We are delighted to invite you to join us for the opening of our new exhibition celebrating the work of Rigby Graham, running from 9th April – 1st May.
The show includes oil paintings, watercolours, woodcuts, linocuts, lithographs, drawings and stained glass and opens Saturday 9th April.
Rigby Graham (1931-2015) was a man of remarkable energy, prolific and driven, beholden to nobody and for whom art was the whole of his existence. He worked long hours at great speed, pitting himself against the elements and continuing to work in the open air in front of a subject despite the rain and winds that frequently blew his spectacles off.
Through his oils and watercolours, and in printmaking that embraced lithography, etching, monotypes and linocuts, Graham left an impressive record of his wide travels within Britain, Ireland, Malta and beyond. An adept writer and author himself, Graham was also a hugely prolific book illustrator and a reluctant teacher. Though he said of education that it was a subject he knew nothing about and cared even less, past students who have visited the gallery continue to remember him and his guidance with great fondness.
While his sense of colour and line was influenced to some extent by Neo-Romantic artists such as Graham Sutherland, Paul Nash and John Minton, he also looked back to an earlier tradition of nature painting. As Graham said himself: The landscape tells you a good deal and Turner and Cotman talk to me from the clouds.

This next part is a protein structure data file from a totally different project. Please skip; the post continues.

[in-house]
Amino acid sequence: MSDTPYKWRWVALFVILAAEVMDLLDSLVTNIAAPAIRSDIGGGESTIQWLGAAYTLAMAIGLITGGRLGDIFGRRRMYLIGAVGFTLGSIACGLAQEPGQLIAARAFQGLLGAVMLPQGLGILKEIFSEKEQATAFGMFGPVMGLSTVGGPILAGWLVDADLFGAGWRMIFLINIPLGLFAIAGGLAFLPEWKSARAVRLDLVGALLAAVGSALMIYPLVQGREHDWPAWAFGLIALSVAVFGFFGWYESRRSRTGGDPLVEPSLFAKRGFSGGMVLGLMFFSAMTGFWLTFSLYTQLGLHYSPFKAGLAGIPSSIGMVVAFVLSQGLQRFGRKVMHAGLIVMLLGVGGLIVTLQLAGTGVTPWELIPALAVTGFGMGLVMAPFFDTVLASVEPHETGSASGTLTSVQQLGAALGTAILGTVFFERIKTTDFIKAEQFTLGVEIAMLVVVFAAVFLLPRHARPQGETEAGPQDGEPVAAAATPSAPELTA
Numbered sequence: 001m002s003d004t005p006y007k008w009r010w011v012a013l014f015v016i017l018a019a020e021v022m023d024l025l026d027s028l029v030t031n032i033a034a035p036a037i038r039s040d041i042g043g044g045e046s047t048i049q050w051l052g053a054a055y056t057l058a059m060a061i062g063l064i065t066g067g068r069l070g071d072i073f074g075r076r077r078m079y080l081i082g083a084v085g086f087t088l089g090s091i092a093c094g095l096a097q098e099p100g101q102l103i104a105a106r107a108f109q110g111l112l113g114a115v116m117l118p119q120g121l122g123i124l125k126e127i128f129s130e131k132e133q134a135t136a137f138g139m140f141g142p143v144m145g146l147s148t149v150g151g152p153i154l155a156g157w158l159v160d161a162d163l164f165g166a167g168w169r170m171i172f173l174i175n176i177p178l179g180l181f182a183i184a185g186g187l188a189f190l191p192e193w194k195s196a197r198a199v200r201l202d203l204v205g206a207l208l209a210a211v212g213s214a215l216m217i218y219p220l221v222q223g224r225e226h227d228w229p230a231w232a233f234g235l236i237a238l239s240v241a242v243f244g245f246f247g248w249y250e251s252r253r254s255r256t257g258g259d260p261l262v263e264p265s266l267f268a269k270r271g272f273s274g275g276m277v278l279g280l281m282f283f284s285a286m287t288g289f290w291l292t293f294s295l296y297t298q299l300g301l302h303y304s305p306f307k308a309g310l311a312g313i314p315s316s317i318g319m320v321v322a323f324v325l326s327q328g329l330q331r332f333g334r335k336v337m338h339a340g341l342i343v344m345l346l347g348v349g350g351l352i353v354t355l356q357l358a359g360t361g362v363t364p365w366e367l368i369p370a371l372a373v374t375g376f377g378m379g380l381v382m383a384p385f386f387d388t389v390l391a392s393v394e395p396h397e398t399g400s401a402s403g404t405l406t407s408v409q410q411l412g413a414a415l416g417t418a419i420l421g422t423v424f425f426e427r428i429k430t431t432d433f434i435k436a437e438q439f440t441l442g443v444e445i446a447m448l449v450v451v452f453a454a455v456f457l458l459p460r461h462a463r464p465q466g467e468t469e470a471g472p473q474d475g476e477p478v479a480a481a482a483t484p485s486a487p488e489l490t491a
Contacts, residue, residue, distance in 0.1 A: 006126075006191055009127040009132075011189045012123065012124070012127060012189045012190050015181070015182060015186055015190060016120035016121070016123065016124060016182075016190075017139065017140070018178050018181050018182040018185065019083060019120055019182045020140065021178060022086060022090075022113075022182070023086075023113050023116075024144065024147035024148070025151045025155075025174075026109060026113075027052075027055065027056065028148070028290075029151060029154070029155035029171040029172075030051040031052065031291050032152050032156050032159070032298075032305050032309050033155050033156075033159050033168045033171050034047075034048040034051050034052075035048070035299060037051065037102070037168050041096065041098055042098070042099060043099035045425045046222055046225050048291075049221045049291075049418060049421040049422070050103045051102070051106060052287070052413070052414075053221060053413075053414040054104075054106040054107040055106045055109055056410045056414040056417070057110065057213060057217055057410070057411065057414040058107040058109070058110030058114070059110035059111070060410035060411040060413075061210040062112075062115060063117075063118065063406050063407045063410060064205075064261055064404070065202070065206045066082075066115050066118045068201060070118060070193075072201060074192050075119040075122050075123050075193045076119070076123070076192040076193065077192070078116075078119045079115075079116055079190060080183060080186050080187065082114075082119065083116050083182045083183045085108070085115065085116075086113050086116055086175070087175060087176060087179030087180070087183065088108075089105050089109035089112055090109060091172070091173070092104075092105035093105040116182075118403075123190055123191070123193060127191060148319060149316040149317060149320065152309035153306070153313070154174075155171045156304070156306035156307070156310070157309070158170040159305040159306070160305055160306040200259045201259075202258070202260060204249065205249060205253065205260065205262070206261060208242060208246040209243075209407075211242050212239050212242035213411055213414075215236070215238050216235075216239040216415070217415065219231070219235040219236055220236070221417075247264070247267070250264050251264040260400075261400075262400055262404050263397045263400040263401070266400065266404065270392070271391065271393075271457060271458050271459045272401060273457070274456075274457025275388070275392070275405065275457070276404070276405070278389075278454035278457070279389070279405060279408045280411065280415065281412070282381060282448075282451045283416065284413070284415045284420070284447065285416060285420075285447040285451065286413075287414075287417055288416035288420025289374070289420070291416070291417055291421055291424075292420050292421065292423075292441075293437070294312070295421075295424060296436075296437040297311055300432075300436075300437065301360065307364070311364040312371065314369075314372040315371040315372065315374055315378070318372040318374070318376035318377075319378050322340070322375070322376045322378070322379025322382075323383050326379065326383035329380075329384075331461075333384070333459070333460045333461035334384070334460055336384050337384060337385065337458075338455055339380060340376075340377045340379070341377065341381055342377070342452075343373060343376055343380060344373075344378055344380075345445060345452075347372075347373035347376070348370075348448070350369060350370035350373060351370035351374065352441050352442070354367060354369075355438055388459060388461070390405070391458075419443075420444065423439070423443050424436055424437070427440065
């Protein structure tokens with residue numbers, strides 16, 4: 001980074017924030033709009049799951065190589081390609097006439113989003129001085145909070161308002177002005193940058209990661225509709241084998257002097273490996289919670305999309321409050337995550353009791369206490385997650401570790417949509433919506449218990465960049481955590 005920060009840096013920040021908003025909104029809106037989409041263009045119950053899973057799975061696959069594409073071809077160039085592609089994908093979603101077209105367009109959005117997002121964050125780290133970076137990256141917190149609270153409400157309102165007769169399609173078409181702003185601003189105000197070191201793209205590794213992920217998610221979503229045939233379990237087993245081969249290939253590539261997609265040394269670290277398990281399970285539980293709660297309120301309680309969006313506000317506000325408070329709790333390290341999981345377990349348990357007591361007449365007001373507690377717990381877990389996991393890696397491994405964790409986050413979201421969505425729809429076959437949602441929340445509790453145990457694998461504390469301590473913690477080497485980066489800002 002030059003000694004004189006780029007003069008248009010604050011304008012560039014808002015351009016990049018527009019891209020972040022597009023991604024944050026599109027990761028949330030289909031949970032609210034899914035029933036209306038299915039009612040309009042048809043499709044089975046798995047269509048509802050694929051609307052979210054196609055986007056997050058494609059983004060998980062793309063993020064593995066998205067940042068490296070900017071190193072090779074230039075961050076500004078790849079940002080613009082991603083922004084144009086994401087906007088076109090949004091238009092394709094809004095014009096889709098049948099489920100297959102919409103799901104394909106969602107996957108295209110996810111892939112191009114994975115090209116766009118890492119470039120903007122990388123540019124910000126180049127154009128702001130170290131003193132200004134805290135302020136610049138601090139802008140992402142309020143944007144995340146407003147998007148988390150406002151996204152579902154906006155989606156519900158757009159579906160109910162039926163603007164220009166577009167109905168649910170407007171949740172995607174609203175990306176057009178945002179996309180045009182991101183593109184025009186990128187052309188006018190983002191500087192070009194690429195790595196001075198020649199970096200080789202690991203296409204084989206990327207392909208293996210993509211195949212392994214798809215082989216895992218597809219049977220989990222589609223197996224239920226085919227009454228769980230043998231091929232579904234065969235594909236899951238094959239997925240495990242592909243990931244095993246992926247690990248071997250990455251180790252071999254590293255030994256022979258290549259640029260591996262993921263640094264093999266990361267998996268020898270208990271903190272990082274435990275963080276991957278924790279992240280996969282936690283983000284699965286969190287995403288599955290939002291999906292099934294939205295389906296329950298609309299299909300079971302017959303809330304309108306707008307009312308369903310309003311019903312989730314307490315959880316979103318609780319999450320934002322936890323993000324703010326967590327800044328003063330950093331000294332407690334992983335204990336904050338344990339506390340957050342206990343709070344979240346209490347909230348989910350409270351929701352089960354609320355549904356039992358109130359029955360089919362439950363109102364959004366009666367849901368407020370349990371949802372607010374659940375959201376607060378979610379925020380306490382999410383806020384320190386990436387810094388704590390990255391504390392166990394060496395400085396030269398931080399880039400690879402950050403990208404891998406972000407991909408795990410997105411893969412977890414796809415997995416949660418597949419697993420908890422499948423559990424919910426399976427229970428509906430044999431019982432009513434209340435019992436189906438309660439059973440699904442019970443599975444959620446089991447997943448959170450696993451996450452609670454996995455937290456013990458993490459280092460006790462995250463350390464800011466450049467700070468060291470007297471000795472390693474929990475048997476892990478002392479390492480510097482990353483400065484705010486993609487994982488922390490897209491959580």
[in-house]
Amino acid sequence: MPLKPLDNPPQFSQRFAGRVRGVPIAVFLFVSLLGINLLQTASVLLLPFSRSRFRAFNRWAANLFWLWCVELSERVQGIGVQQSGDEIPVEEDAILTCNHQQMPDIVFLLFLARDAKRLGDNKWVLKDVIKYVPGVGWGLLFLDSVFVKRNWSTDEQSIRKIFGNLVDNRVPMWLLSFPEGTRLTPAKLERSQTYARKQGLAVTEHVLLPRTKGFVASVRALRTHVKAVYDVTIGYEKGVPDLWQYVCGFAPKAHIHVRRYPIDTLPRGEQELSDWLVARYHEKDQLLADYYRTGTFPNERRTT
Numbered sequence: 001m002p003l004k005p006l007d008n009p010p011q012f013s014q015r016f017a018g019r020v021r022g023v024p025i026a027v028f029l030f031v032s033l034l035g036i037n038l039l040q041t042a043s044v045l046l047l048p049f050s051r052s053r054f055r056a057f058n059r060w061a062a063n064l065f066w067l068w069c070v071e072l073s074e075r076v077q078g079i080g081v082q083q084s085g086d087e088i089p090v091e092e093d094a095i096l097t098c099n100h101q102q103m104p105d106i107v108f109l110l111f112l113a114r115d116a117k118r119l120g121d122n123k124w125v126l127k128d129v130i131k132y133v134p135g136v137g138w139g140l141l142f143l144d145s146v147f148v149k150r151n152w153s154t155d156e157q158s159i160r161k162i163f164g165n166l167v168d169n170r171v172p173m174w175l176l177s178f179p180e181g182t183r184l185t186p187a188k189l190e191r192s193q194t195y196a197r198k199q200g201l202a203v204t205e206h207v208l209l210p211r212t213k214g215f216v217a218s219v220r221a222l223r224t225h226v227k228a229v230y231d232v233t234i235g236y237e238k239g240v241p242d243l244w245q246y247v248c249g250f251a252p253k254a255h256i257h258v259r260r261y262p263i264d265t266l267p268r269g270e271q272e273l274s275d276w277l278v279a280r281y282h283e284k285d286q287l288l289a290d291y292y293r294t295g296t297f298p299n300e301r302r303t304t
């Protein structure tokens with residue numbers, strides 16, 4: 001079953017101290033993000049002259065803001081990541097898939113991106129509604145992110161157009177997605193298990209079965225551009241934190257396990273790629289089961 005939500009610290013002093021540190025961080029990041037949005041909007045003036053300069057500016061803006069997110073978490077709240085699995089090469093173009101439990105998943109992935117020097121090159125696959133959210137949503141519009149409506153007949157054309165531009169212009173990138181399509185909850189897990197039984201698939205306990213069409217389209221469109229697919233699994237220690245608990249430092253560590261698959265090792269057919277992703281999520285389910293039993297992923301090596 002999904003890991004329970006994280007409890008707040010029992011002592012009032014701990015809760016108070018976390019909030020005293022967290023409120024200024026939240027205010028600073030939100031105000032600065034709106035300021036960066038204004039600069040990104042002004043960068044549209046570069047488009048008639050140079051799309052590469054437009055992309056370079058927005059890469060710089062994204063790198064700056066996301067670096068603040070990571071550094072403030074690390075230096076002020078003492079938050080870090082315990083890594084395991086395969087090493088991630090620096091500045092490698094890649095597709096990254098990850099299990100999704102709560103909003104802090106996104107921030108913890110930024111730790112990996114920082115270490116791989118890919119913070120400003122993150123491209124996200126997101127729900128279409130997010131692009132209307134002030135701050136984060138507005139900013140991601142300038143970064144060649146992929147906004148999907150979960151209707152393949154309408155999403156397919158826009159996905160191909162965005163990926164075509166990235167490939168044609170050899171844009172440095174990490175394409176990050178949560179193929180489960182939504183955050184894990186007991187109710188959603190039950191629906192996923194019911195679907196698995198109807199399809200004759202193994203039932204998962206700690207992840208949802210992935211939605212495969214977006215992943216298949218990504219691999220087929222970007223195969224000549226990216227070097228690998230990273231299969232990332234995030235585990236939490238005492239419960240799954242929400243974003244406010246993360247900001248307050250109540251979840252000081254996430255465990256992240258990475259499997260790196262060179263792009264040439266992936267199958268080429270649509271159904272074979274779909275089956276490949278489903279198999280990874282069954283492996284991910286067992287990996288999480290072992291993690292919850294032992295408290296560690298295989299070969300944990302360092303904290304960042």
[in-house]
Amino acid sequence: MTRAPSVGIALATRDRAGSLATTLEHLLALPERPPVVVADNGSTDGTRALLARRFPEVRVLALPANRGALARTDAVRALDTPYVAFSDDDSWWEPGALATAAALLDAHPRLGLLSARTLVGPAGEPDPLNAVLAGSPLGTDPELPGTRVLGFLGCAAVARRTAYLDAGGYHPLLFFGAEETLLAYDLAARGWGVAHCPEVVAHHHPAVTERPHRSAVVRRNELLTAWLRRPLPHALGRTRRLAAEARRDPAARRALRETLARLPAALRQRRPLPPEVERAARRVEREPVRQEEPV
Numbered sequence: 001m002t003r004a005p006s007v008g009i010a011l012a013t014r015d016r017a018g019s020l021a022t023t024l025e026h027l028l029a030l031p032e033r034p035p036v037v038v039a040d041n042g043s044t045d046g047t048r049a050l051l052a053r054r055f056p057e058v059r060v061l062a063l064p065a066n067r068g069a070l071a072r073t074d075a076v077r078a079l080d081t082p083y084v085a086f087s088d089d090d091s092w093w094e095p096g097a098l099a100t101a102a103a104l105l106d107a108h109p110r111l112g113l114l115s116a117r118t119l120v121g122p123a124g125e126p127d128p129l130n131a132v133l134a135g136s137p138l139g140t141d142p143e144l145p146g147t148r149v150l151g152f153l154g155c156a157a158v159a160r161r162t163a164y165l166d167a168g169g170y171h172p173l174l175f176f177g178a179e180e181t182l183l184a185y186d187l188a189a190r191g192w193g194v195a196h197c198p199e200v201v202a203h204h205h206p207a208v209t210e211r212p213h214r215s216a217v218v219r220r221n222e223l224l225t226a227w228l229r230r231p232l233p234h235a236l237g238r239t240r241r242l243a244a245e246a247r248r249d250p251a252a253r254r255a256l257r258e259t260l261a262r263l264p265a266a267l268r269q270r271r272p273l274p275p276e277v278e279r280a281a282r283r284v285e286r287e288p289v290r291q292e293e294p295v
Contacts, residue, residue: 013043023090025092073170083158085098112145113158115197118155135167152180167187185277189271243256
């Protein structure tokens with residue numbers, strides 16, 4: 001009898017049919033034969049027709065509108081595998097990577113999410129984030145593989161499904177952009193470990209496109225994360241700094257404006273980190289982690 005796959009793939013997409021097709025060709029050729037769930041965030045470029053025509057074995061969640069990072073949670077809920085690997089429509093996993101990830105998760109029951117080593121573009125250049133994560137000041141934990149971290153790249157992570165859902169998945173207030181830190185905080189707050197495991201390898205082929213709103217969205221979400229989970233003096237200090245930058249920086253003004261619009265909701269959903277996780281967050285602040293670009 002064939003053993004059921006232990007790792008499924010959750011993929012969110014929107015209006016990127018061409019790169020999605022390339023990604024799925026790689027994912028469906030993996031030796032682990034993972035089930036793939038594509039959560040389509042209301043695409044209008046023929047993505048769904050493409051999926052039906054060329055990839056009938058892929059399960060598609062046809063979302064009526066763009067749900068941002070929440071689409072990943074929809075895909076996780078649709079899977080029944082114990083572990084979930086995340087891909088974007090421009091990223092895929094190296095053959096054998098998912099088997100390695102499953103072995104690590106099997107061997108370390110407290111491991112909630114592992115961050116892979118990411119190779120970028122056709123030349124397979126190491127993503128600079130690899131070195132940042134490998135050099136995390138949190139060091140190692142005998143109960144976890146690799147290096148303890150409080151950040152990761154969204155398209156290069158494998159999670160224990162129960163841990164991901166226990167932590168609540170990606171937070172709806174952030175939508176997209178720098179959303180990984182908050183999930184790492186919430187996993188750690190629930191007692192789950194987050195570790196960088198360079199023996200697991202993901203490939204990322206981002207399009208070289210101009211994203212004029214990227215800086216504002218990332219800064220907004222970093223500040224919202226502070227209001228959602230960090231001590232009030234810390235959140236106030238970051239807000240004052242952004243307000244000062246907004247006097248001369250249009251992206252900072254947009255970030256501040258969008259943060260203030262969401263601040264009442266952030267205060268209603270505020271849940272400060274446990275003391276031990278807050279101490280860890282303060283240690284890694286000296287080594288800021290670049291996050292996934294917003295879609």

The great John Piper wrote, I have known Rigby Graham and have admired his work for a good many years. He has an unusual and indeed enviable capacity to make romantic and dramatic images out of ‘simple scenes’… He is a real graphics man, and that would nail him down and mark him out, were he not such a good landscape painter and draughtsman too.
Alongside a broad range of work, this exhibition features the very last of Graham’s extraordinary woodcuts made right at the end of his life. Lying on his back in his bed, holding the Japanese blocks aloft with his left hand and cutting with his right hand, he made art to the end.
The exhibition in Uppingham opens on the 9th April and will run until 1st May 2016.